Adam is back with one of his favorite homebrew recipes - his American Brown Ale called Portage Town Brown.

Brown ale got its start in England as a malt-driven beer with roasted notes, low bitterness and low hop presence. English brown ales can be dry or sweet; the drier would be considered Northern English and the sweeter Southern English. The BJCP used to have the two regional browns separated into their own categories (Northern and Southern) but now it’s simply one: British Brown Ale. I once spoke with a well-travelled and well-respected “beer person,” and he said that while visiting London, he asked where he could get a Southern brown ale. He got only blank stares in return. They have brown ale, and that’s it.

The history of the American brown ale begins in the basements and garages of home brewers. These brewers would brew their version of an English brown ale, but like any good American, they amplified the recipe by adding more hops and malt. One of the first examples of the style was Pete’s Wicked Ale. If you’re out of your 20s, chances are you remember this beer. Its rise to fame is well documented, and it spawned many other brown ales. As time went on, more hops were added, which spawned the brown IPA, once known as a Texas brown ale.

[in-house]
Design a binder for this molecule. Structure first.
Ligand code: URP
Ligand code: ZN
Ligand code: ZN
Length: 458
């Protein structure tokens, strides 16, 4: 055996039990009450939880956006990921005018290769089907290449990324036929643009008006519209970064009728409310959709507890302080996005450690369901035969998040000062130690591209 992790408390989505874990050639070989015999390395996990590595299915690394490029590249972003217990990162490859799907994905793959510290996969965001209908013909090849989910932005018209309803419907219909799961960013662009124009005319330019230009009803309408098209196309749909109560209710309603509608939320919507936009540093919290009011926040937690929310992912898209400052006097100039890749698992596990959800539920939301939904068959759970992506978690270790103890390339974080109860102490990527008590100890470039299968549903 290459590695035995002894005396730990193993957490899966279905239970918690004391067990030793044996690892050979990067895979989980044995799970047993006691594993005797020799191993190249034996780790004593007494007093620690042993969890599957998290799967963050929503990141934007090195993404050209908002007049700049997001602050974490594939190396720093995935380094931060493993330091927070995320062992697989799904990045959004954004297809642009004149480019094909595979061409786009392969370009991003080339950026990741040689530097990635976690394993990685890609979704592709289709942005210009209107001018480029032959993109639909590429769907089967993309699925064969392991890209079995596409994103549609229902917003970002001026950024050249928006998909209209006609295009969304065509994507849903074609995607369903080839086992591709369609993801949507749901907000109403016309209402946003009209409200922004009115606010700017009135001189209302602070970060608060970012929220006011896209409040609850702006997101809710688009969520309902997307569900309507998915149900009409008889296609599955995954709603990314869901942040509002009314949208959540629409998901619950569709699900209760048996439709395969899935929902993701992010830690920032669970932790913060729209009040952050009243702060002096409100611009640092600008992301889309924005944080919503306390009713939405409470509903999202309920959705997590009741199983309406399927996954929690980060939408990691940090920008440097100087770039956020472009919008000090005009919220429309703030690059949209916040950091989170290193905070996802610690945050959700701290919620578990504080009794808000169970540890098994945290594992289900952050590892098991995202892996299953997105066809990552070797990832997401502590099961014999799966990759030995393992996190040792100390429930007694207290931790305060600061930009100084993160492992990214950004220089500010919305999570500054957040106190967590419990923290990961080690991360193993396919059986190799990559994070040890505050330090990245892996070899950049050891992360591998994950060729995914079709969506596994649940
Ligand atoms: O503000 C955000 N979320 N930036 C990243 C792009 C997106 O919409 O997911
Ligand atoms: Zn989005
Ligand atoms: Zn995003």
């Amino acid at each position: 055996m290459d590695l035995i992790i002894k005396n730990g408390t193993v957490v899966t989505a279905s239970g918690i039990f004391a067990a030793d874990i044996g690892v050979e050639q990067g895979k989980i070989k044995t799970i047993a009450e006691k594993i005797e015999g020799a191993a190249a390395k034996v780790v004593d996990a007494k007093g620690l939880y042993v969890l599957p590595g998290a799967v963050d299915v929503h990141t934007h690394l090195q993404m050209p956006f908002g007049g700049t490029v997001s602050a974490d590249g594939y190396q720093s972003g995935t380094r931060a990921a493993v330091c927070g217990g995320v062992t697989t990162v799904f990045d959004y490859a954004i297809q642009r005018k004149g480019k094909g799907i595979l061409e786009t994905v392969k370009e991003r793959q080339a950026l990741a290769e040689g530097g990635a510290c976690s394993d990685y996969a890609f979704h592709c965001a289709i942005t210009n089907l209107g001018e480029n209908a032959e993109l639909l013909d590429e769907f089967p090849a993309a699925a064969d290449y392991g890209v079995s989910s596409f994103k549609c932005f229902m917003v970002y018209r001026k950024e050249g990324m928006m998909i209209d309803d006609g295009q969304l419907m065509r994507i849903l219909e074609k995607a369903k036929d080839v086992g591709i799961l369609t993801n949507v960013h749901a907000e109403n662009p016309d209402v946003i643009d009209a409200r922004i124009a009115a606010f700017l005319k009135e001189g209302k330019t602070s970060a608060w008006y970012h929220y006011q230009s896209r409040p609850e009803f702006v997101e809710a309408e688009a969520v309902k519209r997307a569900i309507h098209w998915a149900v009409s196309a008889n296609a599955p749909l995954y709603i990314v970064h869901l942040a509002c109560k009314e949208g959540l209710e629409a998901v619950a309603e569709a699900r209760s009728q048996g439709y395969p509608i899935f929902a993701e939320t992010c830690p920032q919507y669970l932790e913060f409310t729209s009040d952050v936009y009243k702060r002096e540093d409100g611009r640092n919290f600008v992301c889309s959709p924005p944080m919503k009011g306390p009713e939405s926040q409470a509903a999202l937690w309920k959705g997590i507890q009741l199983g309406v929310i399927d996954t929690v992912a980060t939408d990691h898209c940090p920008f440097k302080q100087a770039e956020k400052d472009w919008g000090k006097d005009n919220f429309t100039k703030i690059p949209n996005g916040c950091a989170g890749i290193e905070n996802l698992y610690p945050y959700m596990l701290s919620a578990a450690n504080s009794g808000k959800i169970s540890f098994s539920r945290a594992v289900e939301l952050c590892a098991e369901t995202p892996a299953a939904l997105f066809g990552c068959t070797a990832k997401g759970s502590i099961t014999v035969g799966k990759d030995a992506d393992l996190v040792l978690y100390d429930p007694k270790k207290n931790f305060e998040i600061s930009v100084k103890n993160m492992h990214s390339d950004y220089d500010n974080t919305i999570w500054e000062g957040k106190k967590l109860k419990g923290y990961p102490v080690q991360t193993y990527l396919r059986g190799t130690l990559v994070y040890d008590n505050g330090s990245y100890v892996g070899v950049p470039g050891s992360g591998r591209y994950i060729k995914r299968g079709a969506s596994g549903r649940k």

American browns are malty and rich (sometimes sweet), with chocolate and caramel notes dominating. Some versions can be nutty or toasty. The hop aroma and flavor is generally moderate but at times can be more intense. American hops can give a citrus, fruity and tropical character to the beer. Overall, this is a balanced beer. The flavors in this style can be accentuated with ingredients like coffee or chocolate and even offbeat ingredients like peanut butter.

When I created my recipe, I focused on the more robust flavors that I appreciate in the style. This meant using the sweeter base malt Maris Otter and a higher percentage of chocolate malt. For depth of flavor, I used two different caramel malts and added some amber and smoked malt in the hopes they would impart a subtle toasty background note. I used the American hops Willamette and Sterling for their spice and floral notes with a hint of citrus. The yeast strain should be fairly neutral, but some esters are welcome. I opted for the Wyeast ESB 1968 strain, which produces nice malty beer without muting any hop notes. It also adds some nice fruity esters that complement this beer very nicely. Ferment at 68F and do not allow temperature to exceed 70 F.

Portage Town Brown Homebrew Recipe

Boil Size: 6.87 gal
Batch Size (fermenter): 5.50 gal 
Bottling Volume: 5.00 gal
Estimated OG: 1.058 SG
Estimated Color: 25.7 SRM
Estimated IBU: 32.6 IBUs
Brewhouse Efficiency: 70.00 %
Est Mash Efficiency: 76.4 %
Boil Time: 75 Minutes

10 lbs Pale Malt, Maris Otter (Thomas Fawcett) 81%
10.0 oz Chocolate (Briess) (350.0 SRM) 5.1%   
8.0 oz Caramel/Crystal Malt - 60L (60.0 SRM) 4%  
8.0 oz Special B Malt (180.0 SRM) 4%             
7.0 oz Amber Malt (22.0 SRM) 3.5%                  
4.5 oz Smoked Malt (Weyermann) (2.0 SRM) 2.3%        

0.89 oz Sterling [7.50 %] - Boil 60.0 min (20.9 IBUs )
0.63 oz Willamette [5.50 %] - Boil 20.0 min (6.6 IBUs )
0.63 oz Chinook [13.00 %] - Boil 5.0 min (5.1 IBUs )
0.75 oz Sterling [7.50 %] - Boil 0.0 min (0.0 IBUs)

1.5 oz Willamette [5.5 %] – 4 days                    

Single Infusion
Add 4.6 gallons of water at 161.8 F      
152.0 F for 60 minutes       

Batch sparge with 4.5 gallons of 168.0 F water

10 days at 68 F (primary)
24 hours at 72 F for diacetyl rest
4 days at 68 F (dry hop)